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Springfield, MO

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Melody and Don Savley
Heather Mosley | SBJ
Melody and Don Savley

2022 Dynamic Dozen No. 9: Alps Pharmacy

Posted online

SBJ: What has been key to your recent growth?
Don Savley: We’ve been blessed with the right business plan. We grew out of community pharmacy, but about six years ago started to specialize in long-term care with a heavy psychological and addiction focus. We’re getting older, so long-term care and hospice business has continued to grow.

SBJ: What has the company’s growth enabled you to do?
Savley: It enabled us to get us into areas that we couldn’t previously. We’re expanding into compounding, functional medicine and clinical services more than we could before. It’s also allowed us to deliver more services and benefits to our employees. If you can’t do that, with COVID, you’re out in a field by yourself because staff is so hard to hire.

SBJ: What are your top issues when it comes to managing growth?
Savley: Capital and cash flow. In that growth cycle, growing that fast, we have to keep an eye on cash flow to sustain it. We’ve also got to stay focused on our services, our patient and customer service, so we don’t drop any of those things we have. While we’re focused on growing, we have to take care of those patients the way they want to be taken care of.

SBJ: Is your fast growth sustainable?
Savley: It is. There’s an ebb and flow because of the physical things we have to do – the construction of space will hold us back some. We can only do what we do well so fast. If we don’t have the space to do it well, we can’t expand into these new areas like compounding and nutritional stuff. You can’t snap your fingers and make it happen. We’ll have more of a surge next year than we did this year because of all the new development.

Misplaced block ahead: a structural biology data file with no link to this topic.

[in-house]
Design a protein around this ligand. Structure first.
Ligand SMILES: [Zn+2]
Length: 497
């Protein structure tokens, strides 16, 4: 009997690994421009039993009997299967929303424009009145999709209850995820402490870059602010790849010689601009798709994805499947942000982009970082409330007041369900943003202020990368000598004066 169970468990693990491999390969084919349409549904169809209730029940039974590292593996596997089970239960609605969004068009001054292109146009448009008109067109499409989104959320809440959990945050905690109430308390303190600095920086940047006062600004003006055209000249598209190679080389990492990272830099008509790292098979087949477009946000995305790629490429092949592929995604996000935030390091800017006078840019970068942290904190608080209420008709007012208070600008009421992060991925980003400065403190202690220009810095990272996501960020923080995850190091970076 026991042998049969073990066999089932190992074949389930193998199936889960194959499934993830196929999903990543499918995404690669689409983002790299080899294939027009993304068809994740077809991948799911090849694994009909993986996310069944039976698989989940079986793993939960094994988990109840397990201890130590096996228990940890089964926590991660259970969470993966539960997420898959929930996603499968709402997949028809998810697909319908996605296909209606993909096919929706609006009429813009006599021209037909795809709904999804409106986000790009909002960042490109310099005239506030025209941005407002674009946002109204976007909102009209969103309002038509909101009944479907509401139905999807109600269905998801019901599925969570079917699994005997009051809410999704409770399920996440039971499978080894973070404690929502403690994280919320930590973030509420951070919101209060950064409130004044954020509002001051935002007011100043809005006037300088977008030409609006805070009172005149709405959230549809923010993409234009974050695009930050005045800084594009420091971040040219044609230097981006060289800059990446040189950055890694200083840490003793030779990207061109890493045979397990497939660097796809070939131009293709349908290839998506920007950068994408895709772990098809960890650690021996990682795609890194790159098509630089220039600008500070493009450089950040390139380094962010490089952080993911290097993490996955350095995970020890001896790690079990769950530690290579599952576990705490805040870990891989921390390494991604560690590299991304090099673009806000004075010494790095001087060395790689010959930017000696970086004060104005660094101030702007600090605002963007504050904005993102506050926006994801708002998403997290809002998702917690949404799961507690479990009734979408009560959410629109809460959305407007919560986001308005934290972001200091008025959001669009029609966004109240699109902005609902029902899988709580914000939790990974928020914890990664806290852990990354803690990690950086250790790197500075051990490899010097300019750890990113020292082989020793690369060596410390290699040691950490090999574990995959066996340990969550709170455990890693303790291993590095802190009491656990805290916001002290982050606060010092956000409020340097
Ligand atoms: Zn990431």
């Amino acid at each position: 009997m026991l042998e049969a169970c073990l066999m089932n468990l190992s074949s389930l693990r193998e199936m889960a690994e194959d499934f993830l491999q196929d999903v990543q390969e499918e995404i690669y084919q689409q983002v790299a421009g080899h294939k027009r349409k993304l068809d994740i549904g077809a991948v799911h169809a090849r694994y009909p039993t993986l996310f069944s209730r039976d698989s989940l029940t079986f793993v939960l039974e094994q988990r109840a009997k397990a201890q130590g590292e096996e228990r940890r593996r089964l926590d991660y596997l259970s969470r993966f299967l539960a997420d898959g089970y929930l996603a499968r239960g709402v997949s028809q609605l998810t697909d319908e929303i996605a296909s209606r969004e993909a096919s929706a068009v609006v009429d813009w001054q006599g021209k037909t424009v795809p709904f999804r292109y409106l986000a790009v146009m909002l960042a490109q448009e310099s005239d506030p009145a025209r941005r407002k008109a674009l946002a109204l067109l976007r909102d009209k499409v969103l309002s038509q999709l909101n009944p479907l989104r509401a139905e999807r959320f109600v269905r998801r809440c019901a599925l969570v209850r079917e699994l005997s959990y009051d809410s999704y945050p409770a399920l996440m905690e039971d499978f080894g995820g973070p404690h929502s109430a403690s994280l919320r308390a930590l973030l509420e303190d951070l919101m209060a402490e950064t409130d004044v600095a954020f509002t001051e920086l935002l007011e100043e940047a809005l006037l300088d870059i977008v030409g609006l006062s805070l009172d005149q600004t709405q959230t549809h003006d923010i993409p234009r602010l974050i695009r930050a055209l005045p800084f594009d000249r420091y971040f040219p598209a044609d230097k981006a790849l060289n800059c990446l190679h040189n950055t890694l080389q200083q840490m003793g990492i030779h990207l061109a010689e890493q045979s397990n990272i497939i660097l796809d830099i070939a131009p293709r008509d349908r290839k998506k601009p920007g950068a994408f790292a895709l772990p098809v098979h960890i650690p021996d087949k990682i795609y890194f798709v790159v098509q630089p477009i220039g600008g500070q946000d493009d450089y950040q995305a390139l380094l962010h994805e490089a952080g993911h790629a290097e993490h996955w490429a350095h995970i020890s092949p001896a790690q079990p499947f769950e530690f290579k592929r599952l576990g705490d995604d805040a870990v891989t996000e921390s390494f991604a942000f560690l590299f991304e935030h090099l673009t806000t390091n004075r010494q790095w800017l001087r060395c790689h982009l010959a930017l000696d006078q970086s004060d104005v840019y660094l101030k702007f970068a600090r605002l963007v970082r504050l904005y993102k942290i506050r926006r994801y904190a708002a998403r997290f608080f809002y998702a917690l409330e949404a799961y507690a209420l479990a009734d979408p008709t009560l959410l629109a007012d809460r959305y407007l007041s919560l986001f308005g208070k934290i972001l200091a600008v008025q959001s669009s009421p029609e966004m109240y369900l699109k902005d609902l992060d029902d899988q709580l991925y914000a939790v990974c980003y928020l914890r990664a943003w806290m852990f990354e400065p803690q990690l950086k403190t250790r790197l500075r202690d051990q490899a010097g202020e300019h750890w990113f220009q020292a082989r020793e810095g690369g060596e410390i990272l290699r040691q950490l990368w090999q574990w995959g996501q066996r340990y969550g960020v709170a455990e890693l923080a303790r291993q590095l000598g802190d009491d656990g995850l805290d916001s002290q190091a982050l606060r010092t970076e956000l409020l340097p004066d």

SBJ: Do you think there is such a thing as growing too fast?
Savley: Yes, I do. I haven’t hit it yet, but I do. We do get offers that we turn down because it’s just not the right timing for us. Same in long-term care. We actually hand deliver all over the state. It’s very organized, planned, streamlined and scaled. We do a lot of a hospice patients also. It’s 24/7 when someone starts crashing, you don’t want them to be in pain. We run deliveries in the middle of the night all the time.

SBJ: Where is the tipping point?
Savley: Our tipping point is capital and profitability. We make business decisions for other reasons, ethics for example. We’ve turned down big segments of business that we didn’t feel comfortable with; however, the tipping point is if the capital and profitability is not there and if it doesn’t fit our model, we can’t do it well, we just walk away from it.

SBJ: Have your goals changed as business has taken off?
Savley: They really haven’t changed in a general sense. We are looking at newer business segments that enhance our business. For example, we chose a few years ago to have our people trained as community health care workers. These six people work as pharmacy techs and they’re able to connect patients to other sources to help fill their needs. Maybe they can’t pay their utilities, or maybe they’re short on food.

SBJ: What is the best business advice you’ve received?
Savley: I heard a pastor say one of the best things a business owner can do is study the word of the book of Proverbs. It’s a lot of warnings. It’s a recipe for living a good life and not making bad decisions.

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